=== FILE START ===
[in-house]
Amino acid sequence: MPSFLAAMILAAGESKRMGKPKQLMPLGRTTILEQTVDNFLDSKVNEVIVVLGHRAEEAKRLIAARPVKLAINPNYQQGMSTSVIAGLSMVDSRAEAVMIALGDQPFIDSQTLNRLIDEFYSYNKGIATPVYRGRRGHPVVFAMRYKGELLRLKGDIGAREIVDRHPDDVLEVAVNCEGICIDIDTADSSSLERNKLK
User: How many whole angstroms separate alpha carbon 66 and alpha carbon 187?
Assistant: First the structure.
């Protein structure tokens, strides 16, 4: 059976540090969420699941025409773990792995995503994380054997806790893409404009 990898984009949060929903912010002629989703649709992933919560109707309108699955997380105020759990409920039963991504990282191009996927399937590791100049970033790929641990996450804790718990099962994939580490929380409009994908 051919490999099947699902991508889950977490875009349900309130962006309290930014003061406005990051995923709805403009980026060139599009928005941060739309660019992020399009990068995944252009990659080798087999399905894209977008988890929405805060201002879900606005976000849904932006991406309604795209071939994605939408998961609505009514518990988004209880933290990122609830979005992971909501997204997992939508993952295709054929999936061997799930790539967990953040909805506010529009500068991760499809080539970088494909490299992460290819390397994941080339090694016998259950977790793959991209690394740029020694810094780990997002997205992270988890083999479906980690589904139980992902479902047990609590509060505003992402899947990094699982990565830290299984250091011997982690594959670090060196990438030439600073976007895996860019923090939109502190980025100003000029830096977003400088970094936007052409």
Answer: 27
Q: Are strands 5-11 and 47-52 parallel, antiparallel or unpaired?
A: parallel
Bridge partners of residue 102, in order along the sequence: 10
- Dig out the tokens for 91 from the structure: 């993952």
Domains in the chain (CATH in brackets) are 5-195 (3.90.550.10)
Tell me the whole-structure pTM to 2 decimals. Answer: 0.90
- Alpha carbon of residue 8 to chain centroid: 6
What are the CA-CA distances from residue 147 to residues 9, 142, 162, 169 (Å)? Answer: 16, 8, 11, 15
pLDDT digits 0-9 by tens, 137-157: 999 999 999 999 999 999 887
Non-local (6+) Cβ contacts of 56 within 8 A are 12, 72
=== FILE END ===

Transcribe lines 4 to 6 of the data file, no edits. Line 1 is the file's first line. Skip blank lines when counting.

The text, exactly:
Assistant: First the structure.
């Protein structure tokens, strides 16, 4: 059976540090969420699941025409773990792995995503994380054997806790893409404009 990898984009949060929903912010002629989703649709992933919560109707309108699955997380105020759990409920039963991504990282191009996927399937590791100049970033790929641990996450804790718990099962994939580490929380409009994908 051919490999099947699902991508889950977490875009349900309130962006309290930014003061406005990051995923709805403009980026060139599009928005941060739309660019992020399009990068995944252009990659080798087999399905894209977008988890929405805060201002879900606005976000849904932006991406309604795209071939994605939408998961609505009514518990988004209880933290990122609830979005992971909501997204997992939508993952295709054929999936061997799930790539967990953040909805506010529009500068991760499809080539970088494909490299992460290819390397994941080339090694016998259950977790793959991209690394740029020694810094780990997002997205992270988890083999479906980690589904139980992902479902047990609590509060505003992402899947990094699982990565830290299984250091011997982690594959670090060196990438030439600073976007895996860019923090939109502190980025100003000029830096977003400088970094936007052409």
Answer: 27